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The Chain Store Paradox

Listed author(s):
  • Reinhard Selten

    (Institute of Mathematical Economics, Bielefeld University)

It is the purpose of this paper to present the example of a simple game in extensive form where the actual behavior of well informed players cannot be expected to agree with the clear results of game theoretical reasoning. A story about a fictitious chain store and its potential competitors is a convenient way to describe the game. This expositionary device should not be misunderstood as a model of a real situation. In view of the story the game will be called "the chain store game". The disturbing disagreement between plausible game behavior and game theoretical reasoning constitutes the "chain store paradox". The chain store paradox throws new light on the well known difficulties which arise in connection with the finite supergame of prisoners' dilemma game. A limited rationality approach seems to be needed in order to explain human strategic behavior. An attempt shall be made to discuss the possibility of a "tree-level theory of decision making" as an explanation of discrepancies between game theoretic analysis and human behavior.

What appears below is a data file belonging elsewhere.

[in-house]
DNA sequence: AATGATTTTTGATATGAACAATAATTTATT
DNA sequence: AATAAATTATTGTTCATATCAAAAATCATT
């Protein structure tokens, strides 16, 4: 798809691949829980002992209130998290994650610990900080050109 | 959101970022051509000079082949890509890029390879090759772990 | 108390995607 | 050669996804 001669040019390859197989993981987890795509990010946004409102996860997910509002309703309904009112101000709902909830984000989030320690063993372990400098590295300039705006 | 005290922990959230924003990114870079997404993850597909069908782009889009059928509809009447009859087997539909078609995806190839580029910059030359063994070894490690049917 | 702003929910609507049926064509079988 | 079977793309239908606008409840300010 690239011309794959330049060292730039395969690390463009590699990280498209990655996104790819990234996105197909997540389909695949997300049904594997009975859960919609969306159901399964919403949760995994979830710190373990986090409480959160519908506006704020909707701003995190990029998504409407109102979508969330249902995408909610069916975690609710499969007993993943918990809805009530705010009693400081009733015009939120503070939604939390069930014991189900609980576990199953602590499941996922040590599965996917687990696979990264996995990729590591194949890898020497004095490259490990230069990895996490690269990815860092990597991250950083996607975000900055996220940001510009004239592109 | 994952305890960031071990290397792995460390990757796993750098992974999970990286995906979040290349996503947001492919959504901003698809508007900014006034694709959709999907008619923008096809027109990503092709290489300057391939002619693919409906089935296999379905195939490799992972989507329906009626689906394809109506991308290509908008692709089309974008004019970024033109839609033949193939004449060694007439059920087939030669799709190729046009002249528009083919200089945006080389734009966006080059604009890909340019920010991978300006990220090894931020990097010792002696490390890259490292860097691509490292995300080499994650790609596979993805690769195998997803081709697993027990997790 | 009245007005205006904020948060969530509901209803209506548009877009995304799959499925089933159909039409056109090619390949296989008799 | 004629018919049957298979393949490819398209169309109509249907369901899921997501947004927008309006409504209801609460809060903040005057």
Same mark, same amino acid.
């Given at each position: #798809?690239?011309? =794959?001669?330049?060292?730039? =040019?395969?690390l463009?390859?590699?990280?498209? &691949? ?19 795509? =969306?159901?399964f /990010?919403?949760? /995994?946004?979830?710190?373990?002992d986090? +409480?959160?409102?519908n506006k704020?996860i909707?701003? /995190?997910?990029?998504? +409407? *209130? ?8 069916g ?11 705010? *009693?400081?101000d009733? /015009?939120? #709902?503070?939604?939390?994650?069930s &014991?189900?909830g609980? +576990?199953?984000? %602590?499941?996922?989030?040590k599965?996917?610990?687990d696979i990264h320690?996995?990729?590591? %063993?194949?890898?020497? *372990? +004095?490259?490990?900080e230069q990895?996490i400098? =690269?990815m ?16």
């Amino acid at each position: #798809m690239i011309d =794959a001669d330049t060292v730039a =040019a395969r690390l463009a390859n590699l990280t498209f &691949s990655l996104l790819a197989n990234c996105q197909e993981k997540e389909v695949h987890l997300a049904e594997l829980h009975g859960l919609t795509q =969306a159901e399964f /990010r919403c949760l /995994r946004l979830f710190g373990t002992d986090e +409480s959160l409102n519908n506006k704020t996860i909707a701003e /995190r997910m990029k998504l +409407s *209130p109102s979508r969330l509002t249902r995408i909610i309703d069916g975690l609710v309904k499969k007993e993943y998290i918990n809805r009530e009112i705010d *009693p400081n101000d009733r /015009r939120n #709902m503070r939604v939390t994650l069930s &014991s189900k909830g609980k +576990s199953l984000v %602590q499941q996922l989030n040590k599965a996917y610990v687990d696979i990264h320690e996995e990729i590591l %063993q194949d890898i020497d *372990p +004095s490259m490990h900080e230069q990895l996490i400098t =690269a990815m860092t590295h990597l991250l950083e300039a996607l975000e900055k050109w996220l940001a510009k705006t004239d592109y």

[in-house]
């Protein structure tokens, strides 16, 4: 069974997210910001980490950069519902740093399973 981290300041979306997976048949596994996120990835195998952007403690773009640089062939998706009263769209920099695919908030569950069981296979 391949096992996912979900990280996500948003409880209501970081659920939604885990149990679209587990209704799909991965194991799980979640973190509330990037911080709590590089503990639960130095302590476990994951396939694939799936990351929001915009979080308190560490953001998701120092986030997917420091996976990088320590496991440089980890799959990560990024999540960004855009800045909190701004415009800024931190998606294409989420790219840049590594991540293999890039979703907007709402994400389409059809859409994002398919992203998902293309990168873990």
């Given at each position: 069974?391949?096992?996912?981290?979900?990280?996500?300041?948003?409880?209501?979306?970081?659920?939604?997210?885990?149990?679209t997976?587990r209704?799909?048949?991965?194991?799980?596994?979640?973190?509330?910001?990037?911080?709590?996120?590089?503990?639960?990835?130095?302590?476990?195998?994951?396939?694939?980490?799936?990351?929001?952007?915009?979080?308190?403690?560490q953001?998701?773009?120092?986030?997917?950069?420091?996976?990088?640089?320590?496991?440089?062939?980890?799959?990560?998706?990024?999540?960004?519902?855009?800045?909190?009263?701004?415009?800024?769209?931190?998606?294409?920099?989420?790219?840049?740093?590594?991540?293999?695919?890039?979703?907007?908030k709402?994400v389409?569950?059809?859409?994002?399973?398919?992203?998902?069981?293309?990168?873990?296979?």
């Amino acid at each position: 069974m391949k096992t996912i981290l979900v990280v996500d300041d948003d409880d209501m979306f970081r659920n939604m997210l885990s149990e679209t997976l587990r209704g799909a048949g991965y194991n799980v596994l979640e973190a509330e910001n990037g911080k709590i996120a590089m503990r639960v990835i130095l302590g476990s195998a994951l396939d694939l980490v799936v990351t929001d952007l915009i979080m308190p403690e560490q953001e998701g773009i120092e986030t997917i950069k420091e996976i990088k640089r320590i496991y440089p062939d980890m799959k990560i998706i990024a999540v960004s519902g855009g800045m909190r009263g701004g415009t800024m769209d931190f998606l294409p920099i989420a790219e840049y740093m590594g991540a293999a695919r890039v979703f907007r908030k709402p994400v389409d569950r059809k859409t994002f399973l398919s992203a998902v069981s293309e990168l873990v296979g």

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File Function: First version, 1974
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Paper provided by Center for Mathematical Economics, Bielefeld University in its series Center for Mathematical Economics Working Papers with number 018.

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Date of creation: Jul 1974
Handle: RePEc:bie:wpaper:018
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  1. Hart, Sergiu & Kohlberg, Elon, 1974. "Equally distributed correspondences," Journal of Mathematical Economics, Elsevier, vol. 1(2), pages 167-174, August.
  2. Reinhard Selten, 1973. "A Simple Model of Imperfect Competition, where 4 are Few and 6 are Many," Center for Mathematical Economics Working Papers 008, Center for Mathematical Economics, Bielefeld University.
  3. Lester B. Lave, 1962. "An Empirical Approach to the Prisoners' Dilemma Game," The Quarterly Journal of Economics, Oxford University Press, vol. 76(3), pages 424-436.
  4. Melvin Guyer & John Fox & Henry Hamburger, 1973. "Format Effects in the Prisoner's Dilemma Game," Journal of Conflict Resolution, Peace Science Society (International), vol. 17(4), pages 719-744, December.
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